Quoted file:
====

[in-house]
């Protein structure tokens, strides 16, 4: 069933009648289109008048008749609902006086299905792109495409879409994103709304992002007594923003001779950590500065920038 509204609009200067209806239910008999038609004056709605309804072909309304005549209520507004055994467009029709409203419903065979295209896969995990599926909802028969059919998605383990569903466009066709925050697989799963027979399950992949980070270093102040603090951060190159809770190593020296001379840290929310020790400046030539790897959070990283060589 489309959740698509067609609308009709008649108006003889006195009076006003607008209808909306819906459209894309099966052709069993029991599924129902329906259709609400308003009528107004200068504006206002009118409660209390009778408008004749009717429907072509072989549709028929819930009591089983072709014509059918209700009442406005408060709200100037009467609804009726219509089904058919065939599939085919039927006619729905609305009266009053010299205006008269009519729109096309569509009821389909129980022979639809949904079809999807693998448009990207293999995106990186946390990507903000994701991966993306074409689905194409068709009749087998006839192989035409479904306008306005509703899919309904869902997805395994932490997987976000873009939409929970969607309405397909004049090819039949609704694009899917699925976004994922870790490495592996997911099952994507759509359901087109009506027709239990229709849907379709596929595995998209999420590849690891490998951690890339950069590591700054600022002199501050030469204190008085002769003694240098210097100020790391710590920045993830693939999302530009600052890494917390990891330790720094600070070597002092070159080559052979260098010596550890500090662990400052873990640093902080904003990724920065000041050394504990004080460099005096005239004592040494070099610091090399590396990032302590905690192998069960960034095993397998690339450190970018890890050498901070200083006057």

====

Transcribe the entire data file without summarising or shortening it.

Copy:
[in-house]
């Protein structure tokens, strides 16, 4: 069933009648289109008048008749609902006086299905792109495409879409994103709304992002007594923003001779950590500065920038 509204609009200067209806239910008999038609004056709605309804072909309304005549209520507004055994467009029709409203419903065979295209896969995990599926909802028969059919998605383990569903466009066709925050697989799963027979399950992949980070270093102040603090951060190159809770190593020296001379840290929310020790400046030539790897959070990283060589 489309959740698509067609609308009709008649108006003889006195009076006003607008209808909306819906459209894309099966052709069993029991599924129902329906259709609400308003009528107004200068504006206002009118409660209390009778408008004749009717429907072509072989549709028929819930009591089983072709014509059918209700009442406005408060709200100037009467609804009726219509089904058919065939599939085919039927006619729905609305009266009053010299205006008269009519729109096309569509009821389909129980022979639809949904079809999807693998448009990207293999995106990186946390990507903000994701991966993306074409689905194409068709009749087998006839192989035409479904306008306005509703899919309904869902997805395994932490997987976000873009939409929970969607309405397909004049090819039949609704694009899917699925976004994922870790490495592996997911099952994507759509359901087109009506027709239990229709849907379709596929595995998209999420590849690891490998951690890339950069590591700054600022002199501050030469204190008085002769003694240098210097100020790391710590920045993830693939999302530009600052890494917390990891330790720094600070070597002092070159080559052979260098010596550890500090662990400052873990640093902080904003990724920065000041050394504990004080460099005096005239004592040494070099610091090399590396990032302590905690192998069960960034095993397998690339450190970018890890050498901070200083006057």